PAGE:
Fewer sealable cross passage tunnel connectors could have been built between single bores.
An additional problem would have followed from another environmental requirement. The sea-won polders have two water tables, one freshwater sitting close to the surface, and a deeper saline horizon in the sand.
'We are not allowed to disturb that one and create any polluting mixing of the water, ' Harnois explains.
But the single bore solution means a huge machine, 500mm greater in diameter than the giant which has just completed the Hamburg harbour road crossing in Germany. And the machine must operate in very different ground conditions.
The ground comprises around 12m of relatively soft peat and clay over a 25m to 30m layer of originally seabed sand. Below is a 2m clay layer and then more sand.
'It will pass through the upper sand layer primarily, ' says Harnois, 'keeping beneath the peat'. Some clay may be found because the layer is not consistent and in some areas there may be ground mixing caused by earlier clay extraction for brick making.
Rather than turn to a manufacturer, Bouygues designed the bentonite slurry TBM in-house working with France's NFM Framatome Technologie to manufacture the giant machine.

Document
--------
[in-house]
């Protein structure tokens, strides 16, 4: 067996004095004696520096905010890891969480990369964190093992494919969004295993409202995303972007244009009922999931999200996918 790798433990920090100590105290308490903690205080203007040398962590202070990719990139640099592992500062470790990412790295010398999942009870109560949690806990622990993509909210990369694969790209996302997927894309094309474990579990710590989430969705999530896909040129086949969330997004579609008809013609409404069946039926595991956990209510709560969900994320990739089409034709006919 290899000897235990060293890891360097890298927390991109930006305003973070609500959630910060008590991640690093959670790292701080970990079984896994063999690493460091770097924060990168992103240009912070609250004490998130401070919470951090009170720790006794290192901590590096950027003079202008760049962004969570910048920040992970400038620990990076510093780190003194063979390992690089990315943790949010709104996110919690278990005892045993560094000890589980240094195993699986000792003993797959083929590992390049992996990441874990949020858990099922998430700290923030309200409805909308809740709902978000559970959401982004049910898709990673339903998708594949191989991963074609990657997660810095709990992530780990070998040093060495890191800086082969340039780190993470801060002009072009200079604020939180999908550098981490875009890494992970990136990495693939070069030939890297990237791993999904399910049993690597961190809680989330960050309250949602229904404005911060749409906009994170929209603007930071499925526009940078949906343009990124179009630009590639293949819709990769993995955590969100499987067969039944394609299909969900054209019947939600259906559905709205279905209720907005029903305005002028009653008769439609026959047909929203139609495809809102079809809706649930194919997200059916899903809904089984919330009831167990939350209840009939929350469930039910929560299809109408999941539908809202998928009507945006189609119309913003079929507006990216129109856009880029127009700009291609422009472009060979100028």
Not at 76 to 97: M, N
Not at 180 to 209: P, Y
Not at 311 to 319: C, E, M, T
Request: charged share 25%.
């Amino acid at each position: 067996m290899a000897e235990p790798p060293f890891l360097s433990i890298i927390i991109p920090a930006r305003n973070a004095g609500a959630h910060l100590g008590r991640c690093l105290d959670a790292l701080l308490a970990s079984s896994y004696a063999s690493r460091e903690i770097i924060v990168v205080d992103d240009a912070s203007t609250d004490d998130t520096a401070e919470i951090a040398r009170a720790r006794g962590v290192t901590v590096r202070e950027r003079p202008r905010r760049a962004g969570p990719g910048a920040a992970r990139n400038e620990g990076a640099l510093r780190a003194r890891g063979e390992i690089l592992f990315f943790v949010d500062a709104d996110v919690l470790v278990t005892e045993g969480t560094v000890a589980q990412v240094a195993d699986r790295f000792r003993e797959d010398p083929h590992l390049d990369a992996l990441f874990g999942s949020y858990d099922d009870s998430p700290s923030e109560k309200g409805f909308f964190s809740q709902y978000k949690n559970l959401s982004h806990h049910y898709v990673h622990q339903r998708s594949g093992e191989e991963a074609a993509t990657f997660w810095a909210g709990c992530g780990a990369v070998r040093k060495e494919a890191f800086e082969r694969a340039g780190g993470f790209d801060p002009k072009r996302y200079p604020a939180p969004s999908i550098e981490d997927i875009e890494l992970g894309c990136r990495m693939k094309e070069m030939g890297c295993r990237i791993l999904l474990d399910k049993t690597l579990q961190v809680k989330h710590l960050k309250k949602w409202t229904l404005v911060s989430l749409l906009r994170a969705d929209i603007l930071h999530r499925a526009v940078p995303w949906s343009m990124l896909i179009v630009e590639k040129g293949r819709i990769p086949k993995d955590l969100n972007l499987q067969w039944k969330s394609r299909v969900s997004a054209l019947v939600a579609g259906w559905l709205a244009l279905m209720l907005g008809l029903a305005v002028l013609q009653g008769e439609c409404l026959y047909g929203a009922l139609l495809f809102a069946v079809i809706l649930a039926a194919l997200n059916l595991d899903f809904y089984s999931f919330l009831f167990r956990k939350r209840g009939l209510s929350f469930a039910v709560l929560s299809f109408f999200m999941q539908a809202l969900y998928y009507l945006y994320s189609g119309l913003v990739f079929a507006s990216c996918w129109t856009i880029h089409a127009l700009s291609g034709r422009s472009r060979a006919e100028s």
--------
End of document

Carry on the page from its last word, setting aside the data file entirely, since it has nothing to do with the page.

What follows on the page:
'One of the problems has simply been machining the parts, which are among the biggest pieces of steel ever milled, ' says Harnois. For example, the central toothed drive wheel for the cutterhead is 7m in diameter, machined from a single 45t steel element. It draws together the 3,500kW power input from some 14 electric motors with a torque of 30,100N/m More than 86 truckloads of elements travelled from the Creusot works in central France to barges on the Rhône. From there, they were taken by water to the site, where assembly and testing began late last summer.